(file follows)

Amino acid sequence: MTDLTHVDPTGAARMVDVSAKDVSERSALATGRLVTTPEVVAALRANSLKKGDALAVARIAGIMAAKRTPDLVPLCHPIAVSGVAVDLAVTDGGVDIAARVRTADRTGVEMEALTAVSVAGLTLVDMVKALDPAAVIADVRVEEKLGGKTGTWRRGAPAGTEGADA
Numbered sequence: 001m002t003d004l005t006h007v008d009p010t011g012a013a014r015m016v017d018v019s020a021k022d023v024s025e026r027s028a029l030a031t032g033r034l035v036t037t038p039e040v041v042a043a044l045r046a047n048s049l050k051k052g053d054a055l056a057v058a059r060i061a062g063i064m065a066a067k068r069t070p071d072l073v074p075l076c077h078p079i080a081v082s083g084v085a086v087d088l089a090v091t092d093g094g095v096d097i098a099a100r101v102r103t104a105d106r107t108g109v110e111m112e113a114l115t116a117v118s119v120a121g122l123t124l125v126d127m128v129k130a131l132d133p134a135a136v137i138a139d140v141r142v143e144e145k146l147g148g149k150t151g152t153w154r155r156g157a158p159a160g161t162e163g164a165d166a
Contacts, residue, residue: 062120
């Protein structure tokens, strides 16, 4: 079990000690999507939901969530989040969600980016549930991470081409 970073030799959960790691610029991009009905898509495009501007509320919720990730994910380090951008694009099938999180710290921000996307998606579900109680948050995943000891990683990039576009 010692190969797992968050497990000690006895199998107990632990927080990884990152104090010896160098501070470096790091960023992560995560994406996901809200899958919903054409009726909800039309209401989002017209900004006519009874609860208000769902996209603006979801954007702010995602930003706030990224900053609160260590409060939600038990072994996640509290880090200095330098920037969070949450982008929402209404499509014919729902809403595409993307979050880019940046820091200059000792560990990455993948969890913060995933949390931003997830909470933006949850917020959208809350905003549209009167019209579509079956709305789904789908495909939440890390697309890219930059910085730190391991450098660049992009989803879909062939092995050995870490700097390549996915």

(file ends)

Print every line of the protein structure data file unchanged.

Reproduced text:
Amino acid sequence: MTDLTHVDPTGAARMVDVSAKDVSERSALATGRLVTTPEVVAALRANSLKKGDALAVARIAGIMAAKRTPDLVPLCHPIAVSGVAVDLAVTDGGVDIAARVRTADRTGVEMEALTAVSVAGLTLVDMVKALDPAAVIADVRVEEKLGGKTGTWRRGAPAGTEGADA
Numbered sequence: 001m002t003d004l005t006h007v008d009p010t011g012a013a014r015m016v017d018v019s020a021k022d023v024s025e026r027s028a029l030a031t032g033r034l035v036t037t038p039e040v041v042a043a044l045r046a047n048s049l050k051k052g053d054a055l056a057v058a059r060i061a062g063i064m065a066a067k068r069t070p071d072l073v074p075l076c077h078p079i080a081v082s083g084v085a086v087d088l089a090v091t092d093g094g095v096d097i098a099a100r101v102r103t104a105d106r107t108g109v110e111m112e113a114l115t116a117v118s119v120a121g122l123t124l125v126d127m128v129k130a131l132d133p134a135a136v137i138a139d140v141r142v143e144e145k146l147g148g149k150t151g152t153w154r155r156g157a158p159a160g161t162e163g164a165d166a
Contacts, residue, residue: 062120
């Protein structure tokens, strides 16, 4: 079990000690999507939901969530989040969600980016549930991470081409 970073030799959960790691610029991009009905898509495009501007509320919720990730994910380090951008694009099938999180710290921000996307998606579900109680948050995943000891990683990039576009 010692190969797992968050497990000690006895199998107990632990927080990884990152104090010896160098501070470096790091960023992560995560994406996901809200899958919903054409009726909800039309209401989002017209900004006519009874609860208000769902996209603006979801954007702010995602930003706030990224900053609160260590409060939600038990072994996640509290880090200095330098920037969070949450982008929402209404499509014919729902809403595409993307979050880019940046820091200059000792560990990455993948969890913060995933949390931003997830909470933006949850917020959208809350905003549209009167019209579509079956709305789904789908495909939440890390697309890219930059910085730190391991450098660049992009989803879909062939092995050995870490700097390549996915």